haiti

  In our Ideas Matter segment we take time just about every week to check in with the state humanities councils in our 7-state region.

Today we're speaking with Edward Paulino, one of the New York Council for the Humanities’ Public Scholars and an assistant professor of history at John Jay College about the history of bearing witness to what is often unspeakable violence. In his recent book, Dividing Hispanola, he details the 20th century history of one of the world's bloodiest borders, that between Haiti and the Dominican Republic.

  The fourth annual Art and Soul reception will take place tomorrow at the Vassar College Alumnae House will feature beautiful, vibrant Haitian art, live entertainment from Vassar student musicians, and fabulous cuisine from Twisted Soul. The program runs from 5:30pm to 8:00pm, and is open to the public.

The Art and Soul reception funds the staffing, supply, and operation of a medical center in northwest Haiti that serves thousands of local residents. For many residents, this is the first accessible medical care in their lifetime.

The Vassar Haiti Project, founded in 2001, promotes Haitian art, fosters sustainable development in Haiti, and provides students and volunteers a life changing experiential education in global citizenship. VHP’s contributions are guided by five initiatives: education, medical access, reforestation, clean water access, and women’s health.

This morning we welcome the co-founders of the project: Andrew and Lila Meade, board member Caryn Halle, and Dr. Joassainvil Gueslin.

A History Of Abolition

Feb 26, 2016

  In celebration of Black History Month there is a new book by a University of Massachusetts professor that overturns long-held assumptions about the abolitionist movement. The Slave’s Cause: A History of Abolition is by Manisha Sinha, published by Yale University Press.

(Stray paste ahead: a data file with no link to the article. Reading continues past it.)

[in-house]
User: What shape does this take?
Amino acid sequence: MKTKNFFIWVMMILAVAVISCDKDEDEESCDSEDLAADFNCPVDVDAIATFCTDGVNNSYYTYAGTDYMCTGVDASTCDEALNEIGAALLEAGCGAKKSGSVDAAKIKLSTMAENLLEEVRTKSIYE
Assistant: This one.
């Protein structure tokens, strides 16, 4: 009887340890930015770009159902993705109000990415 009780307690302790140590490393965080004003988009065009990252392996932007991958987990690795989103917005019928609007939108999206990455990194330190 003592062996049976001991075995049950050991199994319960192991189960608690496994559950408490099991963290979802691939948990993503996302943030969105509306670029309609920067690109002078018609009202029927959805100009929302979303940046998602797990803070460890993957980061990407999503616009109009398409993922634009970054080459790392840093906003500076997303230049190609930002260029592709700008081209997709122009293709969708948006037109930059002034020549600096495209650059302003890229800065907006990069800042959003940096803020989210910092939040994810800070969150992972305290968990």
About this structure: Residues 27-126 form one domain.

Sinha shows that rather than being composed of white, bourgeois, racially paternalistic reformers, abolitionism was a radical movement of women and men, black and white, slave and free who supported feminism, labor rights and utopian socialism.

Relying on extensive archival research and newly discovered materials, The Slave’s Cause explores the influence on abolition of the Haitian Revolution and slave resistance.

    Edwidge Danticat has written her first work of fiction in 9-years. Set in a seaside town in Haiti, Claire of the Sea Light unfolds over the course of one evening during which a father struggles with the painful decision of whether to give away his beloved daughter in the hopes she will find a better life with someone else.

    Doctor and social activist Paul Farmer is one of the most passionate and influential voices for global health equity and social justice. In his new book, To Repair the World, he encourages young people to tackle the greatest challenges of our times.

Evidence of loss remains even three years after a massive earthquake claimed the lives of as many as 200,000 people in Haiti. In the middle of Haiti's capital, Port-au-Prince, there is a cathedral whose sun-washed walls reach into the sky where a roof used to be.

A lone flagpole marks the spot where the National Palace, a symbol of Haiti's government, once proudly stood.

And on a downtown street that once bustled with storefronts, there is now a row of vendors who sell their wares under tent poles and umbrellas.